Filming the Eclipse

Gear and safety requirements for filming the spectacle.

Hey, folks! The solar eclipse is about to occur. For avid mediamakers, the eclipse may seem to be an excellent opportunity to document a historic moment or experiment with gear. However, there are many safety concerns to consider. Please read on if you are thinking about filming this event.

To film the eclipse safely, we suggest the following gear: 

  • Solar Glass Camera Filters - These are designed for viewing the sun. Do not use neutral density filters. Do not stack neutral density filters. Do not use solar viewing glasses on a camera.
  • Tripod - The sun is bright, but some solar filters can require longer shutter speeds.
  • Remote Shutter Release - For all long shutter speed photography, these remote releases help reduce vibrations.
  • Solar Viewing Glasses - These are for you. Your eyes are with you your whole life. Keep them safe.

The Media Factory has three solar glass camera filters.

These are Helios Solar Glass Camera Filters threaded for 67mm optics for use with our Panasonic UX-90 and UX-180 Cameras ONLY. Filters are reservable by our members, first come, first served.

If you do not have one of these filters on Media Factory cameras, do NOT use Media Factory video cameras for solar videography. If you use improperly outfitted Media Factory video equipment for solar videography you WILL damage our equipment and be held responsible for replacement and lose your membership.

sunset generated by AI imagery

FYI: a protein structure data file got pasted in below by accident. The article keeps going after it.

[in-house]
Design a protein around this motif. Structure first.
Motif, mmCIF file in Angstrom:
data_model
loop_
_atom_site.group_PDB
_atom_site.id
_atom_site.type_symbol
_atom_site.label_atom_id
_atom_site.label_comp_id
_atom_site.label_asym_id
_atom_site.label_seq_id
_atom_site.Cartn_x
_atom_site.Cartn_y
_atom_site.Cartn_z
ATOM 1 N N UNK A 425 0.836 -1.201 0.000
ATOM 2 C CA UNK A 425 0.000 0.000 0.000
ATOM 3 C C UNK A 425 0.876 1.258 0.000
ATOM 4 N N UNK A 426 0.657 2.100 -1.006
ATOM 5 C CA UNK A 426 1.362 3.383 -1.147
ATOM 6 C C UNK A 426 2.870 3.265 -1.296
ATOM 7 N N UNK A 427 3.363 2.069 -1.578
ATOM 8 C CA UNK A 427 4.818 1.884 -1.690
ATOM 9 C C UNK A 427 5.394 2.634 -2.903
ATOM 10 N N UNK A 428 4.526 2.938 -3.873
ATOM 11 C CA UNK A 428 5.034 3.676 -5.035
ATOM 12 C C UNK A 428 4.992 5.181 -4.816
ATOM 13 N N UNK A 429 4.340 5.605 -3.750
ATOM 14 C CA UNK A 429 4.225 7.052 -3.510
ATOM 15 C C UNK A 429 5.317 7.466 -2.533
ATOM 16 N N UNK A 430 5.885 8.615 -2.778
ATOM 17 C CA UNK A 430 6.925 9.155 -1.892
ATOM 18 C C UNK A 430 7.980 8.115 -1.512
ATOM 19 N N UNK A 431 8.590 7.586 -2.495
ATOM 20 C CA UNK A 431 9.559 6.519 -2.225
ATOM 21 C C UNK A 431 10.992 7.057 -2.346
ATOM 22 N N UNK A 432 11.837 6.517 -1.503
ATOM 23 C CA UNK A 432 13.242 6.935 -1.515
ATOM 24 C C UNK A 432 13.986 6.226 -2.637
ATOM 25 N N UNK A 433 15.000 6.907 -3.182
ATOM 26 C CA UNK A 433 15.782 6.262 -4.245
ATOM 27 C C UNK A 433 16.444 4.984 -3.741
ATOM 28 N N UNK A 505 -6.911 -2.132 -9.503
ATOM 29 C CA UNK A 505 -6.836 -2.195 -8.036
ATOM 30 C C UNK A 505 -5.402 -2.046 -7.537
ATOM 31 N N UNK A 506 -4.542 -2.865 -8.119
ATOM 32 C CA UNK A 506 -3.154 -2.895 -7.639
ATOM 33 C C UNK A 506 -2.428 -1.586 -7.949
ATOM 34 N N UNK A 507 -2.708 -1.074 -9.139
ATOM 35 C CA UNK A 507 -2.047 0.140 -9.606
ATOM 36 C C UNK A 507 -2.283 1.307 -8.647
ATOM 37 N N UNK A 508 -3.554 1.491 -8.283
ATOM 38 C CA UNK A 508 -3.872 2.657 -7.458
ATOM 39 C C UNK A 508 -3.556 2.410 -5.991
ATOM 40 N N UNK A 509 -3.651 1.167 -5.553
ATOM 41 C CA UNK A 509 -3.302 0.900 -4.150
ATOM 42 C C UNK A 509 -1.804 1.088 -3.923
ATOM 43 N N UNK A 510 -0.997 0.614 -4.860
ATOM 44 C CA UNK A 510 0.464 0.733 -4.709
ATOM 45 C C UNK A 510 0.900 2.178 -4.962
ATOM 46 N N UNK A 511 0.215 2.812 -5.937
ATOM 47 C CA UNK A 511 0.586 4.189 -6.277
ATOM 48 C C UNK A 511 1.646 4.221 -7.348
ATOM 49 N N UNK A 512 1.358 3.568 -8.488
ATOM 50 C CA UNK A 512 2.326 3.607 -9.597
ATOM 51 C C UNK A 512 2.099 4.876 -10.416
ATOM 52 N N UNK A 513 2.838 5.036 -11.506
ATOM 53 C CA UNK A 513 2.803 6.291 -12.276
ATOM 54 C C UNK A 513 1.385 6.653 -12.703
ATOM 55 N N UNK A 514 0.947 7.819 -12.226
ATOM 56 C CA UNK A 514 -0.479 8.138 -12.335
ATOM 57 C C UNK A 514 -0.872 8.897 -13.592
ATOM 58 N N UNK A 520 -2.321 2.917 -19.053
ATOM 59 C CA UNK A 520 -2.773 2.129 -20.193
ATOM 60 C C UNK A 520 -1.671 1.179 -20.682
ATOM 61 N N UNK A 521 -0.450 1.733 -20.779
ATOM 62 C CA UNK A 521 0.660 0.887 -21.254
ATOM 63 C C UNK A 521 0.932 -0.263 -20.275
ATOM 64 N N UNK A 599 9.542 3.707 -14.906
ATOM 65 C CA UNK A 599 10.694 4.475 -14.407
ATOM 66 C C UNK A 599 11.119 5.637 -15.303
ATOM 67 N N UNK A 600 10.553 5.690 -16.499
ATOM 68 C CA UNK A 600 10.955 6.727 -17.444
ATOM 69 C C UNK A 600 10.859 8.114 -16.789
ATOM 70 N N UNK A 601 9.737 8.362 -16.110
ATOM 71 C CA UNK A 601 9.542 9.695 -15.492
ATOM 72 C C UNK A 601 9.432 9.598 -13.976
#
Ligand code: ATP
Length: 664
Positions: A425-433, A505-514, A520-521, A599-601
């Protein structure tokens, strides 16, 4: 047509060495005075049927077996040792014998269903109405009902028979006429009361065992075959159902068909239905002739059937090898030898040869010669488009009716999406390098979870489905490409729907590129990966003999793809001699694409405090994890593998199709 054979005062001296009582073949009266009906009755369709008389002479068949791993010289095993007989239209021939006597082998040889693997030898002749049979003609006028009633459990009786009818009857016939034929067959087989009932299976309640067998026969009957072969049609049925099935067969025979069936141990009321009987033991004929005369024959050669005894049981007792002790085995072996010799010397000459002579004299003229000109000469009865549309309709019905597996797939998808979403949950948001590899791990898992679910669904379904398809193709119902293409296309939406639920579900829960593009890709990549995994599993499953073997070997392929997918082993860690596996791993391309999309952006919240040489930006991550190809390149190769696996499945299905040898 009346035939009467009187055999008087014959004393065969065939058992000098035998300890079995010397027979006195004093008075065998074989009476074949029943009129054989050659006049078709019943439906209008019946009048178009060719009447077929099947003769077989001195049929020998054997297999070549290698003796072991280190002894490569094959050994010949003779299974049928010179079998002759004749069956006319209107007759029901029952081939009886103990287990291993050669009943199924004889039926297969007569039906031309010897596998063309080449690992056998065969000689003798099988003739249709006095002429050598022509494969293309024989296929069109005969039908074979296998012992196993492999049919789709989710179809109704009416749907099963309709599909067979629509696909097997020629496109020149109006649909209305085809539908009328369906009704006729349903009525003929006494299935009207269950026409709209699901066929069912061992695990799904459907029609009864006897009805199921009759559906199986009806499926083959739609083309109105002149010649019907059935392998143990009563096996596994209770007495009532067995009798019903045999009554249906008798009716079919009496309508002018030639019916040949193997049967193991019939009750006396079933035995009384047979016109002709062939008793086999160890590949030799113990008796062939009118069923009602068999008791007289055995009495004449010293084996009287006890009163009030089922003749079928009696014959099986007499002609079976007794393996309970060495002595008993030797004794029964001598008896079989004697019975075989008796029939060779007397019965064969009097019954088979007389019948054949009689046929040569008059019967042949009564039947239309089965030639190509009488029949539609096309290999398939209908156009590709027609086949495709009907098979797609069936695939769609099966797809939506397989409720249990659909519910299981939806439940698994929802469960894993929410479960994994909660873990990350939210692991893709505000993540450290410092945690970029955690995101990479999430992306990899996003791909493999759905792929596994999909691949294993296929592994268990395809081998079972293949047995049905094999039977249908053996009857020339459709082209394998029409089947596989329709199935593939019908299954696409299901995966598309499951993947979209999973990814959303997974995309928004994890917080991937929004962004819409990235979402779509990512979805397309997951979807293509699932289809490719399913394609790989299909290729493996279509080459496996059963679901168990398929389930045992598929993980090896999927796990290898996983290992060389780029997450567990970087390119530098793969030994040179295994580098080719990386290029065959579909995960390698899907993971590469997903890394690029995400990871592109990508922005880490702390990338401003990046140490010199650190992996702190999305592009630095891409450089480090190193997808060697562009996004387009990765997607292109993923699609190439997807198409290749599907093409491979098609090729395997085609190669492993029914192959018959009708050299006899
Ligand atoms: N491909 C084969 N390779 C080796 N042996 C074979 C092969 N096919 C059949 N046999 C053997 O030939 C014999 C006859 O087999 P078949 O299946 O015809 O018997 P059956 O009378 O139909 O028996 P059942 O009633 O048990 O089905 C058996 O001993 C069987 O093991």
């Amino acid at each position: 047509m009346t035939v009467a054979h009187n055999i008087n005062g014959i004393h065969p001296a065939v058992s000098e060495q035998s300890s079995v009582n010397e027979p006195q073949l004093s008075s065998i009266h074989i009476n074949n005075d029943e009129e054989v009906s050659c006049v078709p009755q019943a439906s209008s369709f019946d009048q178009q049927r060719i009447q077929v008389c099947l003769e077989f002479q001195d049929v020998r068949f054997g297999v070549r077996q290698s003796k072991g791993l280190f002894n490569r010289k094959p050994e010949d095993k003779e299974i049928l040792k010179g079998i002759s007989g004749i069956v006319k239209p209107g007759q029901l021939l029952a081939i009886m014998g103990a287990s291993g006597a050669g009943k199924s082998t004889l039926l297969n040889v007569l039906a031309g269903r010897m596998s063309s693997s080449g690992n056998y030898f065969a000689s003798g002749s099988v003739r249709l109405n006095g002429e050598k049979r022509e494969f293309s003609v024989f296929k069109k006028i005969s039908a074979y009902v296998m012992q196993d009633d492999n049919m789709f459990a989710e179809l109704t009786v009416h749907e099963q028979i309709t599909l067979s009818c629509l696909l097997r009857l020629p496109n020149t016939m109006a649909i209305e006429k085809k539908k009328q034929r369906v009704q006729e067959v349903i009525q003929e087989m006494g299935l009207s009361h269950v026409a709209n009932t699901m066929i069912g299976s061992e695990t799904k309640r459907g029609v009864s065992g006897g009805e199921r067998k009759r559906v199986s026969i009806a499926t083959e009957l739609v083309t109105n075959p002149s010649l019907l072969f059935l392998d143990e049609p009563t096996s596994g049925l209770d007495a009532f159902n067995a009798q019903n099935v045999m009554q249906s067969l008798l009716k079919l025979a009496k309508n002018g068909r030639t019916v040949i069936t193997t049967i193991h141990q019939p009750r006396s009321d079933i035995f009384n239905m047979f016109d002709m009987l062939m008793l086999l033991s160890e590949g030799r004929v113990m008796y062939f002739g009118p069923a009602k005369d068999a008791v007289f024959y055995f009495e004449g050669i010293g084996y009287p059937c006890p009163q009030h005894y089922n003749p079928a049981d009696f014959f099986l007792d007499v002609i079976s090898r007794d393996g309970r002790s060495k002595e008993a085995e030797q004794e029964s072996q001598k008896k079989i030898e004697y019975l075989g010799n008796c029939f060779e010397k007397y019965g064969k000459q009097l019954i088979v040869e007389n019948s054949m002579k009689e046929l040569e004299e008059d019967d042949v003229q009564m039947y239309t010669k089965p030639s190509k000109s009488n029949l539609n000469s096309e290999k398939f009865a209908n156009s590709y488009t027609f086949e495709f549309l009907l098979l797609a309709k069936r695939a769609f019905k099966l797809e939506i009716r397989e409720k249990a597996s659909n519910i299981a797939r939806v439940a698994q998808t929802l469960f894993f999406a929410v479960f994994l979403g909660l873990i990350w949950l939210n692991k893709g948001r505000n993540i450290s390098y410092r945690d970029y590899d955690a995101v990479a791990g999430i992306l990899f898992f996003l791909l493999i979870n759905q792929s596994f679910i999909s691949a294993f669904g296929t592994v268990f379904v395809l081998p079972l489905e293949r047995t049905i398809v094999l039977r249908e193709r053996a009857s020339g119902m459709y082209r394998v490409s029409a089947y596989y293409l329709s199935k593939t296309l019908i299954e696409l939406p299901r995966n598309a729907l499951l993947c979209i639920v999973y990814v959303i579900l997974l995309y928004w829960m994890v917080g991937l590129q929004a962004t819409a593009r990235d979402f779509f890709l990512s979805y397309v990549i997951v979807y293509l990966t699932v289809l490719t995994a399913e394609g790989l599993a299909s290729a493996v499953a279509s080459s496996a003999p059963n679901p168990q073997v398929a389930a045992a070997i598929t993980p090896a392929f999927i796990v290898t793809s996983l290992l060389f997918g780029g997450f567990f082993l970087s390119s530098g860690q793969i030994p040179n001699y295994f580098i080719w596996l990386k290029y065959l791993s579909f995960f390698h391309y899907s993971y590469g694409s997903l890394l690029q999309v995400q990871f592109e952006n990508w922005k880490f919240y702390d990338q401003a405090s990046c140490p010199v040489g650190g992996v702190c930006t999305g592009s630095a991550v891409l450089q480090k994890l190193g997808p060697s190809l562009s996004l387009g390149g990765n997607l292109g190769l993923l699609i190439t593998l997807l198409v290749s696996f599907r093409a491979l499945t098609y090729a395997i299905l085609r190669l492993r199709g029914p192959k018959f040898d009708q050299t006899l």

How to Photograph the Sun:

  • Do NOT look at the sun with your naked eyes. Permanent damage, potentially blindness, can occur. The sun is BRIGHT even at 93 million miles away, folks. Make sure you have ISS certified solar viewing glasses. Inspect them for damage prior.
  • Do NOT point a camera at the sun unless the optics are protected with an appropriate solar filter. Do not use neutral density filters. Do not stack neutral density filters. Do not use solar viewing glasses on a camera.
  • Do NOT look through the viewfinder of an unfiltered camera when it is pointed at the sun. The magnifying optics will increase the intensity and brightness of the sun. Do NOT do this even with the camera outfitted with an appropriate solar filter. Use digital view only.

Solar Recording Tips: 

  • The sun is small in our skies. You will likely need to go well past a 300mm focal-length lens to fill your frame.
  • You should be able to shoot at the camera's native ISO setting, usually around 100 or 200 ISO.
  • Practice your shot -- the sun will move quickly through your frame when zoomed in this far. This may take a few tries to keep centered.